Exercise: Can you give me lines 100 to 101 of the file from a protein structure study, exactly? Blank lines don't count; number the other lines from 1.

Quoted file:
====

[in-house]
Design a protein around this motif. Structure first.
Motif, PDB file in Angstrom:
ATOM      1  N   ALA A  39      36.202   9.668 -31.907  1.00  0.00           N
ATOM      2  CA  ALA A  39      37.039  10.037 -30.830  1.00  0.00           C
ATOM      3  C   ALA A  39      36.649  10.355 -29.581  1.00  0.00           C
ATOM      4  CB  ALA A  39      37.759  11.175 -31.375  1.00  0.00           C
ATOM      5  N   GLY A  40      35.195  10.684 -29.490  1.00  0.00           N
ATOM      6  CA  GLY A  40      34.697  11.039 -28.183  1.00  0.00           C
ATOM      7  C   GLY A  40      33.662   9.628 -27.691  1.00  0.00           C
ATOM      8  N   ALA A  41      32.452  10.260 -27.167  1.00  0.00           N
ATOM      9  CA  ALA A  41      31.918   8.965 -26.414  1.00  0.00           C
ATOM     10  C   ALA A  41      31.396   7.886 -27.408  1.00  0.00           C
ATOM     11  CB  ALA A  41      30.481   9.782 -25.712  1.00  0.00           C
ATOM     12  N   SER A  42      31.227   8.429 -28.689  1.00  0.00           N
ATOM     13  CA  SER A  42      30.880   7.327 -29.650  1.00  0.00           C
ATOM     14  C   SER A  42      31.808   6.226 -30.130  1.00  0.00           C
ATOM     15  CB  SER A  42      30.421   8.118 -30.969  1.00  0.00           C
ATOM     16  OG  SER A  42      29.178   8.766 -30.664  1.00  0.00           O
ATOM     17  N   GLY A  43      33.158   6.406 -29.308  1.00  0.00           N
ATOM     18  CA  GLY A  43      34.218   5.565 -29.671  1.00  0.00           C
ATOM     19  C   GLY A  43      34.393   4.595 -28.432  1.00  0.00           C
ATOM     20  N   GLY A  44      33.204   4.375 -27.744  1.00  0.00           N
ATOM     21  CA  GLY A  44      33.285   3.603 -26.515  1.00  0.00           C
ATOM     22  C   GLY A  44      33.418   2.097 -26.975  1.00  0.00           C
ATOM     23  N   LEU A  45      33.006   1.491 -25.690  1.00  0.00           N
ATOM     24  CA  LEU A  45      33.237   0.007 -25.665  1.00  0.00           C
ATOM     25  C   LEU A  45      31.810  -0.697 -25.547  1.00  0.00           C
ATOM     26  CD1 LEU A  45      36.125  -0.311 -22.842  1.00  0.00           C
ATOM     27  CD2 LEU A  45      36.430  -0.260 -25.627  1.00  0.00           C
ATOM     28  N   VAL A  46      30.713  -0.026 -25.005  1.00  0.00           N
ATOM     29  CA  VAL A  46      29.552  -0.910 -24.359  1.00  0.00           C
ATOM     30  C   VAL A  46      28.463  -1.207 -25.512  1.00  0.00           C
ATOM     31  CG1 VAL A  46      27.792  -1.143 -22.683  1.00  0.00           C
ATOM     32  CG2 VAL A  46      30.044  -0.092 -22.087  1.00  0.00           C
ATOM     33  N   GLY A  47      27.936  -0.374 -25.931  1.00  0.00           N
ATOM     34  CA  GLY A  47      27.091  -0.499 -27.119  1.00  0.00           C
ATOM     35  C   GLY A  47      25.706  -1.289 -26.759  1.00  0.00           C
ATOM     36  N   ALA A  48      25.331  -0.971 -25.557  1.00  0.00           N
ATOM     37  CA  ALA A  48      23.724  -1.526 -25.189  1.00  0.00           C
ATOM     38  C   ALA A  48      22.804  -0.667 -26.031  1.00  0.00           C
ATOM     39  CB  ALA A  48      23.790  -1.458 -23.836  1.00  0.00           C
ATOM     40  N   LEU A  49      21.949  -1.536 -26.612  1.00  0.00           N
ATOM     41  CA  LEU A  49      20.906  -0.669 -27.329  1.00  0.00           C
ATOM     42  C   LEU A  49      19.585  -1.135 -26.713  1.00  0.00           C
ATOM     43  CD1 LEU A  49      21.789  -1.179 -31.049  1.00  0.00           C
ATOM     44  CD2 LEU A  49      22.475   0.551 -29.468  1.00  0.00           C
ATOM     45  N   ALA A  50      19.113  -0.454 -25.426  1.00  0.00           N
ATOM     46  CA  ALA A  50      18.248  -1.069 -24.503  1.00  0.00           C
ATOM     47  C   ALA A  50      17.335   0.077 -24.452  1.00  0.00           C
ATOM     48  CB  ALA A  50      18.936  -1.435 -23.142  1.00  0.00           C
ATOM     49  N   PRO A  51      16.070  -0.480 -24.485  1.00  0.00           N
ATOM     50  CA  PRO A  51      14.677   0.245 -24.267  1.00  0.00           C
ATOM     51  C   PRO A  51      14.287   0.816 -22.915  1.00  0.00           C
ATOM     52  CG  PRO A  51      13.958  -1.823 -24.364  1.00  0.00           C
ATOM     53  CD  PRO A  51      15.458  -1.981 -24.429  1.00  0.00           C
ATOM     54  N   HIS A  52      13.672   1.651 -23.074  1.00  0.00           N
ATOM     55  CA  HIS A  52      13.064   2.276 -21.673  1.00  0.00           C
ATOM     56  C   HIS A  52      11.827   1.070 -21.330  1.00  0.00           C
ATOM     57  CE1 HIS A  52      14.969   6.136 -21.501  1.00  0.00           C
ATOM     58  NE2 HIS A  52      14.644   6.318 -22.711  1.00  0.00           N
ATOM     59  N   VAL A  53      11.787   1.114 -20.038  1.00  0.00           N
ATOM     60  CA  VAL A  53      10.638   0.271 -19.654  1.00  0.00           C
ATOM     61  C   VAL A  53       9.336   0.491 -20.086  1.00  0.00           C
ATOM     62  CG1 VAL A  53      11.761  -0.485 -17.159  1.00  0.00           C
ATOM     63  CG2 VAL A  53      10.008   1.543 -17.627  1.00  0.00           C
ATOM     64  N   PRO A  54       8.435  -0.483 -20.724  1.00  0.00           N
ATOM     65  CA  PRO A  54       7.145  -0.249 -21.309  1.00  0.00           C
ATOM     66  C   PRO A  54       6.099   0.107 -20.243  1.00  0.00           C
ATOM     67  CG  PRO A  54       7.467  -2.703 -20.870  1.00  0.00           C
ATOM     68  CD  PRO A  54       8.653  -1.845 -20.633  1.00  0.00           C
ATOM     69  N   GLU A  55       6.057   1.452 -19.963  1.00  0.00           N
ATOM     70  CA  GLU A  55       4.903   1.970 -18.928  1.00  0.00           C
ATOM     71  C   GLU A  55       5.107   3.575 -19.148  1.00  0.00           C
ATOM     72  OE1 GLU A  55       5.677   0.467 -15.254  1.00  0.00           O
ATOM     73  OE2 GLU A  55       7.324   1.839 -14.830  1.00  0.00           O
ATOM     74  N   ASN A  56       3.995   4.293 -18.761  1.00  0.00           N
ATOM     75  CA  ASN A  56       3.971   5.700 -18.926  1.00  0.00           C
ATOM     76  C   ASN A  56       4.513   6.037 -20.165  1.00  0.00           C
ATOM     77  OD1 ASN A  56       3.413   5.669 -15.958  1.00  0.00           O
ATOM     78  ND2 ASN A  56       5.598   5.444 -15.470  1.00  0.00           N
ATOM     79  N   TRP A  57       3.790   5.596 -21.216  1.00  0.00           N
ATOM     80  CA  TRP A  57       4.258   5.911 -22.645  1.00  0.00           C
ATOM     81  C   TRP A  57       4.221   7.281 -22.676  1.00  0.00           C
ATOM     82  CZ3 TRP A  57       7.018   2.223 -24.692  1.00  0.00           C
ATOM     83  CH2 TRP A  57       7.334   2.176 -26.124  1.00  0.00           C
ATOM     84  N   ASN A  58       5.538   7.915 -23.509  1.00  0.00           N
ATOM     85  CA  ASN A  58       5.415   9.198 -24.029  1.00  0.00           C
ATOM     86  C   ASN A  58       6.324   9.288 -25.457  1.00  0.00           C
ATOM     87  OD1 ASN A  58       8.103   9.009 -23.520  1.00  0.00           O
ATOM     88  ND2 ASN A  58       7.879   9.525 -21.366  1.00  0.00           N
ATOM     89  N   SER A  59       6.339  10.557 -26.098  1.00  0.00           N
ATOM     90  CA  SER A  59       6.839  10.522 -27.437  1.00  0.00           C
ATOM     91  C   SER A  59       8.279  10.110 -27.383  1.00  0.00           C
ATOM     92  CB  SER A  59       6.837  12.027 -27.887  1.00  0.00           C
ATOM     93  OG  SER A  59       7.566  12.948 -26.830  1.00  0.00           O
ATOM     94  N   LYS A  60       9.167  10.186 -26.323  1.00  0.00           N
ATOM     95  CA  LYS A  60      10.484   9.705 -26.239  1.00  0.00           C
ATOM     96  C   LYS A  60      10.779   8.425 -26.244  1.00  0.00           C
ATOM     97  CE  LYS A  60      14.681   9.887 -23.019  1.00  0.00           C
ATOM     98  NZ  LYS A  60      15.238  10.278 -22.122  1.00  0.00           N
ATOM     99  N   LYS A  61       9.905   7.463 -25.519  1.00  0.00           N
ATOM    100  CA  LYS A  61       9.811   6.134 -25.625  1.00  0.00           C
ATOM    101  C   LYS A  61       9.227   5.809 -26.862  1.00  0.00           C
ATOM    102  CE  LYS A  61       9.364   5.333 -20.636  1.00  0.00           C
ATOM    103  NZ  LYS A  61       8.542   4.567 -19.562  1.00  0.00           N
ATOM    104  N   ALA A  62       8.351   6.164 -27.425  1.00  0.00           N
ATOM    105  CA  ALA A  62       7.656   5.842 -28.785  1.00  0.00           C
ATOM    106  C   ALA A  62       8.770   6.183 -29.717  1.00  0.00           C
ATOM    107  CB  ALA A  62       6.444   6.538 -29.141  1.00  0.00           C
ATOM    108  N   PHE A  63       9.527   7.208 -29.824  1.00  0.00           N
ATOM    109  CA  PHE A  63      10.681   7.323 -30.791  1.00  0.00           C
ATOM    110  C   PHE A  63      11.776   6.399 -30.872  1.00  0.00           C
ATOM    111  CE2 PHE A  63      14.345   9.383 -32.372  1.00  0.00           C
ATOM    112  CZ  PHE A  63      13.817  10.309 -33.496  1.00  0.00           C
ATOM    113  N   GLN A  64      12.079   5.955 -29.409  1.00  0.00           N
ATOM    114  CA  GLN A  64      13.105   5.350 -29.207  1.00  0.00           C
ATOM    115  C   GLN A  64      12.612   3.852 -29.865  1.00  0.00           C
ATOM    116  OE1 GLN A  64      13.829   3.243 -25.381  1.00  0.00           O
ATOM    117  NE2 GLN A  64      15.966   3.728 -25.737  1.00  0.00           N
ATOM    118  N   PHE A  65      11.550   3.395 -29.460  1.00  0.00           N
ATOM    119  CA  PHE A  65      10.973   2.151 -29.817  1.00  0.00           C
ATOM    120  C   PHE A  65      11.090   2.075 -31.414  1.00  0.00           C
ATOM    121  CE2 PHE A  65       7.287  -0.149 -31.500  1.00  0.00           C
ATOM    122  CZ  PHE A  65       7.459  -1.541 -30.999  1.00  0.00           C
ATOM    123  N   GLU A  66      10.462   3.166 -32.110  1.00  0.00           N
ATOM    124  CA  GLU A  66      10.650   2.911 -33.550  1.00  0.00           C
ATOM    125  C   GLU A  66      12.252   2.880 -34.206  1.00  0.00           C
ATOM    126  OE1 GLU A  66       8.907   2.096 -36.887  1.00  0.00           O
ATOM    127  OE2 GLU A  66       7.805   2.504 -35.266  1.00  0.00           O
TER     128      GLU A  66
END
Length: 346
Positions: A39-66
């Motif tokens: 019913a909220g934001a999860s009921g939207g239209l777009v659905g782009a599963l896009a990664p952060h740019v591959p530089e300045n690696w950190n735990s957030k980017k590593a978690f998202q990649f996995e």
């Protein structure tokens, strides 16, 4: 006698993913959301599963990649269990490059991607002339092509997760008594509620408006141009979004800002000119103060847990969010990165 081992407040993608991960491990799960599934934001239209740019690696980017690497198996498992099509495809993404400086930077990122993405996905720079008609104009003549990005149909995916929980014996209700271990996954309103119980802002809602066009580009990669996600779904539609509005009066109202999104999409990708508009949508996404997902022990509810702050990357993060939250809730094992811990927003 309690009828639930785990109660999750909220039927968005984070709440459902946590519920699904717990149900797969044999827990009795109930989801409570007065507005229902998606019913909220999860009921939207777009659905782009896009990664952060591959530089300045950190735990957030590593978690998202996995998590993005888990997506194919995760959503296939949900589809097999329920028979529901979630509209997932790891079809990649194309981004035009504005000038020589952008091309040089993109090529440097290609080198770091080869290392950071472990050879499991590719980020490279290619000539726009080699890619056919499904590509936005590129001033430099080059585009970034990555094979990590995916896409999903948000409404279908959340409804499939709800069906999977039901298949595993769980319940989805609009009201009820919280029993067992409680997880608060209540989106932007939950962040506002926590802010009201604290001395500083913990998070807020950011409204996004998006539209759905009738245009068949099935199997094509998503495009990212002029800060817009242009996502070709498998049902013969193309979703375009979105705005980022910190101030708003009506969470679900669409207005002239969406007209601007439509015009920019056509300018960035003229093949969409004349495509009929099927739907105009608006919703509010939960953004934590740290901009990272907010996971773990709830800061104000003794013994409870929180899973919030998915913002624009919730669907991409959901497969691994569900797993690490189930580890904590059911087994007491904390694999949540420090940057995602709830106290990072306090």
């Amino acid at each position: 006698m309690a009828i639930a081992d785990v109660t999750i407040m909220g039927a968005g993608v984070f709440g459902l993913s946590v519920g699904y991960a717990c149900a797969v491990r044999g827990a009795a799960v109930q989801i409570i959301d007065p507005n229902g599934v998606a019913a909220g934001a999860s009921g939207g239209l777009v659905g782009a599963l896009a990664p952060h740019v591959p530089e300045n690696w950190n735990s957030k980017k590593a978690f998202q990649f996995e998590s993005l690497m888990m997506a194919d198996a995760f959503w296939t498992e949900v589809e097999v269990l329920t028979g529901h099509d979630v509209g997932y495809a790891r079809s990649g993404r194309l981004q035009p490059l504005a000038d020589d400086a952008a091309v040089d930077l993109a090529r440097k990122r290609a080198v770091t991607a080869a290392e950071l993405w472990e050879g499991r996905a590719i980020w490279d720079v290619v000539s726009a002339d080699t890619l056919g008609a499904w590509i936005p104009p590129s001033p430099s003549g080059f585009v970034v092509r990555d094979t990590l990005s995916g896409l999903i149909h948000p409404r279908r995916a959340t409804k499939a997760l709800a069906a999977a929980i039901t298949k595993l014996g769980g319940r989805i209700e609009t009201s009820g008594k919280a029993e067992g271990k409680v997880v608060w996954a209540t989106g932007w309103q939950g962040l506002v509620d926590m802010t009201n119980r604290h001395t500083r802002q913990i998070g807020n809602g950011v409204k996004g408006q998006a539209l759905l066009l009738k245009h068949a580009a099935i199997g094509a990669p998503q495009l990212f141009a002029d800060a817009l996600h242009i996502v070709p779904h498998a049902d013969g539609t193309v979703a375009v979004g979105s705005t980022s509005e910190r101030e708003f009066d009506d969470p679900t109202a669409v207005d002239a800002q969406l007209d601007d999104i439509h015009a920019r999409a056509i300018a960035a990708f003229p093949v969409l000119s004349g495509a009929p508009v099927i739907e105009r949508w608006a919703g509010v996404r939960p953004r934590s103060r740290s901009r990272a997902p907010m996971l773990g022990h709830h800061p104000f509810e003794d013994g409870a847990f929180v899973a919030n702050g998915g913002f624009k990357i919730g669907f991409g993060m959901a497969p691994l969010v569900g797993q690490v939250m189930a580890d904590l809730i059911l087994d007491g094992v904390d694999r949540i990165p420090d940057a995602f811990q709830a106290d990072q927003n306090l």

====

ATOM     97  CE  LYS A  60      14.681   9.887 -23.019  1.00  0.00           C
ATOM     98  NZ  LYS A  60      15.238  10.278 -22.122  1.00  0.00           N